As Edmonton Public Schools migrates from Outlook to Gmail, one of the apps that will appear on everyone’s radar will be Google+. Google has been promoting and forcing the sucess of G+ by integrating it with it’s successful aquisitions, such as Blogger and YouTube. Although the motives for the integration are not educational, it can provides us new opportunities for just-in-time, authentic, job-embedded, cost-effective professional learning.
Hangouts can profoundly impact the way we deliver professional learning. In our current model, we ask staff to travel to a school or the central office to hold professional learning sessions at the end of a day of teaching. The average travel time is around half and hour, which means that in order for the trip to be worth their time, we need to meet for a minimum of an hour and a half. Not all of the work done in that time is immedately relavent and pushes us into the “just-incase” zone of learning. However, teachers that meet in hangout afterschool do not need to travel anywhere. The time together could be as short as 15 to 20min and focus on a topic that is timely and relevant to their context. As a result, hangouts can also be done during spares and breaks. With the efficiency created by hangouts, smaller groups can meet for a shorter duration at an increased frequency, improving the job-embedded nature and effectiveness of the professional learning.
Some potential ways to use hangouts for professional learning may include:
- Broadcast a discussion about a current topic in education (assessment practices, emerging technology, pedagogical theory, etc) by experts and practitioners for those in the District who are interested.
- Collaborative planning with specialists from around the District.
- Model and broadcast best practices. Have an expert broadcast a guided reading session with reading experts annotating and commenting on the process as it happens live.
- Teacher records a lesson and a panel can provide feedback (similar to the old instructional walk-throughs)
- Tech Support through sharing displays
- Assessing student work. Share examples of student work at various levels and have colleagues discuss and establish norms for assessment.
Circles are a great opportunity for teachers to build their own professional learning community. Circles are similar to Twitter lists, by clicking on the circle you can see what everyone in that circle has posted. This may really open up the lines of communication because teachers can pull the information that is of interest to them, instead of recieving an email with all the generic district news as controlled by the Communication department (they do a good job, its just hard to be releveant to all staff in a weekly email). Properly set up circles will inform teachers of news that pertains to them around the district as well as provide information about professional learning opportunities. Circles can also provide teachers with the most current information available about the topics they are interested in as well as give them an opportunity to post and share what they are doing in their class.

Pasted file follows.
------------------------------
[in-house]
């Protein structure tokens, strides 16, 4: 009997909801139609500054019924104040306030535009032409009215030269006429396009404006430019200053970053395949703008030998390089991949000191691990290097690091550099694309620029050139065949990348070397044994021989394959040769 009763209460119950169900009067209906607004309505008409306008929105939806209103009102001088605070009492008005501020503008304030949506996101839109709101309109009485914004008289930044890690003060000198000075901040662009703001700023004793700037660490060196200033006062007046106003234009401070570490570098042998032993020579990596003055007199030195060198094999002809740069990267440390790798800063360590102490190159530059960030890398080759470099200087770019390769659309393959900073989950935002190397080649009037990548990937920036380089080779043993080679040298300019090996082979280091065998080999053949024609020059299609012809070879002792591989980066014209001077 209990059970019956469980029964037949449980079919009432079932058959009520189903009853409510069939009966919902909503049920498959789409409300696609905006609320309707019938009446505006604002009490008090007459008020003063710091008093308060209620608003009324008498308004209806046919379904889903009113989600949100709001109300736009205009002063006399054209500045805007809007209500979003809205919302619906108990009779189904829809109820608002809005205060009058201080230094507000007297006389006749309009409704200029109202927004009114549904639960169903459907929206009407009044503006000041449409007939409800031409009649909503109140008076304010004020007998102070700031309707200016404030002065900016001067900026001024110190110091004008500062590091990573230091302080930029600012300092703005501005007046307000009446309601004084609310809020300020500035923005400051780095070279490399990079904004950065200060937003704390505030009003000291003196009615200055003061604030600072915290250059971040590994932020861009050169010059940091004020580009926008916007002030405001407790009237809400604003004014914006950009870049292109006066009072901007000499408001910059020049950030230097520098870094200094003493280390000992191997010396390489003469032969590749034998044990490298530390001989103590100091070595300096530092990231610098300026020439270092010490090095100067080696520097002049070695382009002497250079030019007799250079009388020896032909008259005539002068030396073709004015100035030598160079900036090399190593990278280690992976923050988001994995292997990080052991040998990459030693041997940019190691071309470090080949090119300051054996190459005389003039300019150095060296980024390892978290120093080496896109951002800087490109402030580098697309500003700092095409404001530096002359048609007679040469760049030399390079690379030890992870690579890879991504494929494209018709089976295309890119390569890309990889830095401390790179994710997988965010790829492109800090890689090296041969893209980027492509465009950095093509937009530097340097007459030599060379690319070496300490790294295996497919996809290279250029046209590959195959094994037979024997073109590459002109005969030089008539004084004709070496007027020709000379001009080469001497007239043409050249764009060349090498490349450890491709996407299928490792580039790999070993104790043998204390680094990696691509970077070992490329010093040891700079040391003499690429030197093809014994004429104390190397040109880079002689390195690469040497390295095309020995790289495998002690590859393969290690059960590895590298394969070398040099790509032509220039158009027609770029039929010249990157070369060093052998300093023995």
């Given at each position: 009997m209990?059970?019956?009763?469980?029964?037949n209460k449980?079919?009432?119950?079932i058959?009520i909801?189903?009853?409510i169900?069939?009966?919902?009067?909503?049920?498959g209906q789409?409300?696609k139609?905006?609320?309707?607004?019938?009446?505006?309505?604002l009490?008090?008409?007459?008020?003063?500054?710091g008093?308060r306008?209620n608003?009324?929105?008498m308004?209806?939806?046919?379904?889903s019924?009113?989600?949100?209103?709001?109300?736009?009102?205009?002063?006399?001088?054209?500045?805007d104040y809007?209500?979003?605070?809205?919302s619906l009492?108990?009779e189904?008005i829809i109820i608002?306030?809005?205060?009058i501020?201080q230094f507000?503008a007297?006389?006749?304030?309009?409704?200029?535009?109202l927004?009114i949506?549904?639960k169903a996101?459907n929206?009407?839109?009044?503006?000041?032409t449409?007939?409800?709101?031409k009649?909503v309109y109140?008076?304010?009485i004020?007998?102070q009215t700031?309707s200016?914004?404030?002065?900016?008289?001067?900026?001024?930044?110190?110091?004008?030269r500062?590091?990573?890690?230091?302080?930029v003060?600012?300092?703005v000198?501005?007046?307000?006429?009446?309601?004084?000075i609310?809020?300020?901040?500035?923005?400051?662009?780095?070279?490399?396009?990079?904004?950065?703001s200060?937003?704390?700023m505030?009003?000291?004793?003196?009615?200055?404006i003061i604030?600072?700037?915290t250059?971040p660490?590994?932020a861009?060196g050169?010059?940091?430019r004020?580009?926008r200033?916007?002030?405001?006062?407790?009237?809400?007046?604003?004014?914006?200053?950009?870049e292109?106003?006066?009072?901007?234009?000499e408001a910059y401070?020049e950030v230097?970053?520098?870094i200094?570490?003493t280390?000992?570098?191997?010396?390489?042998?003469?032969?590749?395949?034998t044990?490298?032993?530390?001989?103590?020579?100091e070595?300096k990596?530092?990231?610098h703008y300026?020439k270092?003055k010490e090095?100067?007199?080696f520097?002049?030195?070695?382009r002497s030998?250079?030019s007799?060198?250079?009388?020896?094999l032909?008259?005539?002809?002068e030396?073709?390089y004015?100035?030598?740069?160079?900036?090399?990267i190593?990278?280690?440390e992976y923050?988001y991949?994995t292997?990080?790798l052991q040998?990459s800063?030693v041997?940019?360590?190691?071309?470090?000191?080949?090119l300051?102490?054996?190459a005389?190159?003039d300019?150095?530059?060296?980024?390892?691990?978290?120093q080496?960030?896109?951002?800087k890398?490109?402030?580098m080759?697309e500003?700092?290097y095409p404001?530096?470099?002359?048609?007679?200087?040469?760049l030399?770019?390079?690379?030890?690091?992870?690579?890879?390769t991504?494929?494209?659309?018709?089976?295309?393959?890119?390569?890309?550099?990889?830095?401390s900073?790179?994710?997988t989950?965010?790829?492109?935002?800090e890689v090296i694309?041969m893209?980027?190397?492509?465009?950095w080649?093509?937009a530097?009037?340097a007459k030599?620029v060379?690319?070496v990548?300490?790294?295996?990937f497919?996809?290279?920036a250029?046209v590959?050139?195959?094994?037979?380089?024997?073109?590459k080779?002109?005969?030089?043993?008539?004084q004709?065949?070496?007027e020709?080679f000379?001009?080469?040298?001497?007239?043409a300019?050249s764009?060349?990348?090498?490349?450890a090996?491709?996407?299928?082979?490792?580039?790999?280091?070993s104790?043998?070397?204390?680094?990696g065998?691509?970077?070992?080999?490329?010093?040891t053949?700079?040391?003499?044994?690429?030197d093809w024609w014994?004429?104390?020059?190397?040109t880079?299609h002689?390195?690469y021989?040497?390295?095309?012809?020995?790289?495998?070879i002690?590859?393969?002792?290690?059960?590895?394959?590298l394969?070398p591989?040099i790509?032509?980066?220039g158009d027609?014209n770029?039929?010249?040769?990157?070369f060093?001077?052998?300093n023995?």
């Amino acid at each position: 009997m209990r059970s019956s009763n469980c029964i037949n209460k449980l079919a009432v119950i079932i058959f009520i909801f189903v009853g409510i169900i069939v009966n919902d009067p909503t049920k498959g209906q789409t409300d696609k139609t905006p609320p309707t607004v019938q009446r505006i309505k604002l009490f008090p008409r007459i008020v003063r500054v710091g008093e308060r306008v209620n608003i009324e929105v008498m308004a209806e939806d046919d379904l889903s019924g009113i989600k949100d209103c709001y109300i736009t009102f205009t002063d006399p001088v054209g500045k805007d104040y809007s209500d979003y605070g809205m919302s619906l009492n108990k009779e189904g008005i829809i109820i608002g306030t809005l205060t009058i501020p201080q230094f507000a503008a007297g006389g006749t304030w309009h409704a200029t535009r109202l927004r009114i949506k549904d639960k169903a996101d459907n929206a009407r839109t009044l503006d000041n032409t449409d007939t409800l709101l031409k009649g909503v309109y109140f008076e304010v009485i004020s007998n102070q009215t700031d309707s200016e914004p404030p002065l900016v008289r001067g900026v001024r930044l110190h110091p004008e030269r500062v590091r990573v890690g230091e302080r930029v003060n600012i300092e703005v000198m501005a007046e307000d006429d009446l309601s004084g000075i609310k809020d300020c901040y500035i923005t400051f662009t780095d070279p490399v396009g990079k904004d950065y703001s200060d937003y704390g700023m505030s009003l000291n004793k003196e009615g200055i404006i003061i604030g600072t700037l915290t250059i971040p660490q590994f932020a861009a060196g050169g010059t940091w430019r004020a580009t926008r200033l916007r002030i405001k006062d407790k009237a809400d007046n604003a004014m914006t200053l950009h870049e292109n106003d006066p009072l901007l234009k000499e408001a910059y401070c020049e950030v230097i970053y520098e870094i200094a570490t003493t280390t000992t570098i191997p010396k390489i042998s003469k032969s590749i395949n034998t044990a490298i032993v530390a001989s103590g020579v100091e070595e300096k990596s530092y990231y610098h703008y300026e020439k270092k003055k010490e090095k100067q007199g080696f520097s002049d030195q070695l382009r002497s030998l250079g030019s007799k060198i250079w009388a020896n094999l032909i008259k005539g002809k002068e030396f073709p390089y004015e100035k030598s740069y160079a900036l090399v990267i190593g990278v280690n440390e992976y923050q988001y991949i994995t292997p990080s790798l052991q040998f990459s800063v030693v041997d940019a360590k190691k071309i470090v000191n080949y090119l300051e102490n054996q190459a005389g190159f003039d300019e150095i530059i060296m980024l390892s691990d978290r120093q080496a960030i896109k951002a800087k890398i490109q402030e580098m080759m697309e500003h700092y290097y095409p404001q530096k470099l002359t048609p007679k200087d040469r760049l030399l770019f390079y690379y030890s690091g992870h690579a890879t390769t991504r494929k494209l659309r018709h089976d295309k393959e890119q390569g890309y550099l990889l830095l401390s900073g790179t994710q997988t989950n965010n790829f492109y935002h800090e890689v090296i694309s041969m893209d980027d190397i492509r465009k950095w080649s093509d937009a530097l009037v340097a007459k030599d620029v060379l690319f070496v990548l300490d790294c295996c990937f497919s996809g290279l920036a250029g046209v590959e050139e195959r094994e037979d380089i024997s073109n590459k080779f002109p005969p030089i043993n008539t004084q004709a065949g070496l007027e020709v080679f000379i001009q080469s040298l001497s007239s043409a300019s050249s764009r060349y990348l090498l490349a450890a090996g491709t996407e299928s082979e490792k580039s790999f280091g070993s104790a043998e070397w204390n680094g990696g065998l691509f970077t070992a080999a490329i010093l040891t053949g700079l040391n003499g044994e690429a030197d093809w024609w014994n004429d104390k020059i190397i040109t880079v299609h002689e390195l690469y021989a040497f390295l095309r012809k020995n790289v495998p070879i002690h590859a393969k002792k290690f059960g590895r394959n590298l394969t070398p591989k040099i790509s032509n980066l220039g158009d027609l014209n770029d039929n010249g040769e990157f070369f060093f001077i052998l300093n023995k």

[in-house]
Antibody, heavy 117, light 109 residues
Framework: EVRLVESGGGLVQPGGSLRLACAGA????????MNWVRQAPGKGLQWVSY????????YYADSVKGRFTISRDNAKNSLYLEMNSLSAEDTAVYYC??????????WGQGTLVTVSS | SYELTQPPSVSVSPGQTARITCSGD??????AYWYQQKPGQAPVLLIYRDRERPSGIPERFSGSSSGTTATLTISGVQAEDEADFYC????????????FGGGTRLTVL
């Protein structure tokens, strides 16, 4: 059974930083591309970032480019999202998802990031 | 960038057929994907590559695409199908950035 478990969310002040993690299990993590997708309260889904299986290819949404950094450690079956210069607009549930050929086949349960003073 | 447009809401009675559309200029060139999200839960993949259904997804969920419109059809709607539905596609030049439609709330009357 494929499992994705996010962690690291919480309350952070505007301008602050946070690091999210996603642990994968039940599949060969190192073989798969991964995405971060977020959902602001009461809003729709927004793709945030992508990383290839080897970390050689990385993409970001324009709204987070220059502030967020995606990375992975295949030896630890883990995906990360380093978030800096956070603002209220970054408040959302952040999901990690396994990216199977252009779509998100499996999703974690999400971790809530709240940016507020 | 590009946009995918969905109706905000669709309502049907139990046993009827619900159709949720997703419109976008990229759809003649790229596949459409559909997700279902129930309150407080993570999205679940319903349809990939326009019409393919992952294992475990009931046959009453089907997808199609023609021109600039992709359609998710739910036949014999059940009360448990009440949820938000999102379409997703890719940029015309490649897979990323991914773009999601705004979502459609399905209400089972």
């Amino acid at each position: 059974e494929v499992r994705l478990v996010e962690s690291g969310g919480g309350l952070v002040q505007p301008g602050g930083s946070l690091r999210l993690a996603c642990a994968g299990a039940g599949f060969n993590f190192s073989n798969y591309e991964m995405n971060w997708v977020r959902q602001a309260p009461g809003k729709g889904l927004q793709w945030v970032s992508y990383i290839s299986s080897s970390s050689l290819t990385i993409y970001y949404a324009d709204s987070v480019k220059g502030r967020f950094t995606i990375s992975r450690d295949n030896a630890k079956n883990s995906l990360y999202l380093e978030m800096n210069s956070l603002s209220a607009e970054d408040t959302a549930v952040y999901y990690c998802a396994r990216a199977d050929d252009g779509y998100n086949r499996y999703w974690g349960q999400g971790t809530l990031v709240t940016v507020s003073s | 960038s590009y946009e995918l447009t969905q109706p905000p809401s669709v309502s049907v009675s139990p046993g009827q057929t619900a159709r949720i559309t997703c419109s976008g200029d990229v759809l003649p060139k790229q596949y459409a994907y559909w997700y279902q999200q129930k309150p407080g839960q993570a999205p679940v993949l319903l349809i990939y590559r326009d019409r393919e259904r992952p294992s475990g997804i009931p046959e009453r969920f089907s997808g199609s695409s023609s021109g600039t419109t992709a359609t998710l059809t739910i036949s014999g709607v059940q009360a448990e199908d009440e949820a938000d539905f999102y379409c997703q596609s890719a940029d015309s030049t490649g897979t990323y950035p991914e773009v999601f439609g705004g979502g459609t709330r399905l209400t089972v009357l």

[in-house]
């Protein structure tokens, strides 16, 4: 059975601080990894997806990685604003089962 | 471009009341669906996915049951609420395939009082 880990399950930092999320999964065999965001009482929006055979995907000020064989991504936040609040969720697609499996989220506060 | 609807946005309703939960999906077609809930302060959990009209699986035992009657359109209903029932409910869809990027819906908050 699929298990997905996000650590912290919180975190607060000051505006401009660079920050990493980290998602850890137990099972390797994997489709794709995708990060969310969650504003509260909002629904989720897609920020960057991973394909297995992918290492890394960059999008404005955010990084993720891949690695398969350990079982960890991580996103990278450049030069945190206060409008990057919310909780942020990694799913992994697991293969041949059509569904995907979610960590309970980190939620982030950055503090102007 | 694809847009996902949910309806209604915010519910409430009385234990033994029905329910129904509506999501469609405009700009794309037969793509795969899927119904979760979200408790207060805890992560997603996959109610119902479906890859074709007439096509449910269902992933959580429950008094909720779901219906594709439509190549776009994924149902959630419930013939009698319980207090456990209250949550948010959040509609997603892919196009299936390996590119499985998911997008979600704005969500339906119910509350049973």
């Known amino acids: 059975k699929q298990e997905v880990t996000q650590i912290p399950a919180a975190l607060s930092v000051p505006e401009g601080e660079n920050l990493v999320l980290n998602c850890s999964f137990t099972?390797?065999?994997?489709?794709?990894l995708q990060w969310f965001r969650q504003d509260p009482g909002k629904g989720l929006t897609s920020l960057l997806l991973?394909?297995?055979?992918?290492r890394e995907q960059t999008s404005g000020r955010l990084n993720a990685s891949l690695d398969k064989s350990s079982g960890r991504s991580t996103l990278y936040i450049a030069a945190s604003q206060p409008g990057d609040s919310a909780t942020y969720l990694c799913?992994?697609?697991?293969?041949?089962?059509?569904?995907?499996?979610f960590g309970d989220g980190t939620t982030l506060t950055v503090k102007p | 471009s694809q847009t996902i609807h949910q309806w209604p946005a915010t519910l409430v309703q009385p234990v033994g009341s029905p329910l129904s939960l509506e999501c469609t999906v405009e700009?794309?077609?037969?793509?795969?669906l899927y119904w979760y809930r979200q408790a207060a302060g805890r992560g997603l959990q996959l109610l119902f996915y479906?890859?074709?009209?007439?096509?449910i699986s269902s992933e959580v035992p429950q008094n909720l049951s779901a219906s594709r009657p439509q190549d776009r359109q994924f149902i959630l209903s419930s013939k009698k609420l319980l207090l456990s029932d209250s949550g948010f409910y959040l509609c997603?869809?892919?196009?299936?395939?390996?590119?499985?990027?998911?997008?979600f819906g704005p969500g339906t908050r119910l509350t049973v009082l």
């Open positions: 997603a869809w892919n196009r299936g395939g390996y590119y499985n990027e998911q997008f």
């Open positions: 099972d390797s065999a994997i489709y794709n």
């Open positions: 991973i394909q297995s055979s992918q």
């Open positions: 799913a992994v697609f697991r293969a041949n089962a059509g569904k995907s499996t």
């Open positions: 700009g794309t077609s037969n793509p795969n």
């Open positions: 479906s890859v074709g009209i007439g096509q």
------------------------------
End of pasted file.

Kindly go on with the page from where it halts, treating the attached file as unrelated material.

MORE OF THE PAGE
Some potential ways to organize circles:
- By School. Put all the staff at your school into a circle to get a sense of what is happening school-wide.
- District Network. Create a circle of the people who influnce your work and who are not in your school. This would include Senior Managment, District News sources (Communications, IT, HR).
- By professional network. Add internal and external people who share an interest of yours (assessment, edtech, UDL, etc).
- Grade level/subject area. Similar to a collaborative board on Pinterest, share lesson plans, activities and resourses for classes that you teach
- General Interest. To inspire creativity and prevent you from living in an echo chamber, create a circle of people you wouldn’t normally follow or create a non-work related topic (food, sports, fitness, cats, etc).
Communities function like a Facebook Group. They can be private or public and are a great place to coordinate resources, events and reflections on any given topic. Private communities are best built though natural connections in the offline world. However, public communities can be open to the District for people who are interested in a topic, but do not want to put together a circle. Community posts will appear in all community members’ notifications. Its a way to stay connected to the concepts, information and learning without having to connect profiles.
Some potential communities could be:
- Private – School Groupings that meet monthly or bi-monthly. A way to stay connected in the “in between” times.
- Public – Topical , for those interested in research and information on authentic learning, EdTech, assessment, UDL, etc.
This are only a few of the ideas that G+ may have on professional learning. We will see how they play out and what we learn as we go along. There are other elements of G+ not covered in this post, such as Pages and Events. I will need to play around with these a bit more before I can comment on their usefulness.
I am looking forward to getting G+ in our District. It will provide us with some exciting opportunities to look at new ways of delivering effective and efficient professional learning.